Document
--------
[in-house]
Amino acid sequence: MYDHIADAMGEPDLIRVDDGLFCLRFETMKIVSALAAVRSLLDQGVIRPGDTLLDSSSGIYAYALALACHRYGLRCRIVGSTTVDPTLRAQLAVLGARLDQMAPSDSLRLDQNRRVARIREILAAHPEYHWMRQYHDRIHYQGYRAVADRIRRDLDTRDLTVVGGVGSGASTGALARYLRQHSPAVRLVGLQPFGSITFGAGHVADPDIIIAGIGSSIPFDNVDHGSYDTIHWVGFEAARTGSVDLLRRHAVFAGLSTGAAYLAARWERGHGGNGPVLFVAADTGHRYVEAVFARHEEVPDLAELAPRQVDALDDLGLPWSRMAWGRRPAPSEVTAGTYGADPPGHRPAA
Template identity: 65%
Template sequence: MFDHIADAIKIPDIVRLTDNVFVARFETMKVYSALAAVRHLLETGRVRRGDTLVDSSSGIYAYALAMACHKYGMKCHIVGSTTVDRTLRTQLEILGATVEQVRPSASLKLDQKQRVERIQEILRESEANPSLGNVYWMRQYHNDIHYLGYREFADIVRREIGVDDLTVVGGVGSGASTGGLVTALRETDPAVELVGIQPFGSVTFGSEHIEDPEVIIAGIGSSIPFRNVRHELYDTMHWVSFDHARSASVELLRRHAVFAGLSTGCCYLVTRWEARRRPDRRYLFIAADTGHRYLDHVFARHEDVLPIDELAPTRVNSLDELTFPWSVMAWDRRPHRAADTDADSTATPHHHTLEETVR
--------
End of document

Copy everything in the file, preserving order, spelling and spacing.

[in-house]
Amino acid sequence: MYDHIADAMGEPDLIRVDDGLFCLRFETMKIVSALAAVRSLLDQGVIRPGDTLLDSSSGIYAYALALACHRYGLRCRIVGSTTVDPTLRAQLAVLGARLDQMAPSDSLRLDQNRRVARIREILAAHPEYHWMRQYHDRIHYQGYRAVADRIRRDLDTRDLTVVGGVGSGASTGALARYLRQHSPAVRLVGLQPFGSITFGAGHVADPDIIIAGIGSSIPFDNVDHGSYDTIHWVGFEAARTGSVDLLRRHAVFAGLSTGAAYLAARWERGHGGNGPVLFVAADTGHRYVEAVFARHEEVPDLAELAPRQVDALDDLGLPWSRMAWGRRPAPSEVTAGTYGADPPGHRPAA
Template identity: 65%
Template sequence: MFDHIADAIKIPDIVRLTDNVFVARFETMKVYSALAAVRHLLETGRVRRGDTLVDSSSGIYAYALAMACHKYGMKCHIVGSTTVDRTLRTQLEILGATVEQVRPSASLKLDQKQRVERIQEILRESEANPSLGNVYWMRQYHNDIHYLGYREFADIVRREIGVDDLTVVGGVGSGASTGGLVTALRETDPAVELVGIQPFGSVTFGSEHIEDPEVIIAGIGSSIPFRNVRHELYDTMHWVSFDHARSASVELLRRHAVFAGLSTGCCYLVTRWEARRRPDRRYLFIAADTGHRYLDHVFARHEDVLPIDELAPTRVNSLDELTFPWSVMAWDRRPHRAADTDADSTATPHHHTLEETVR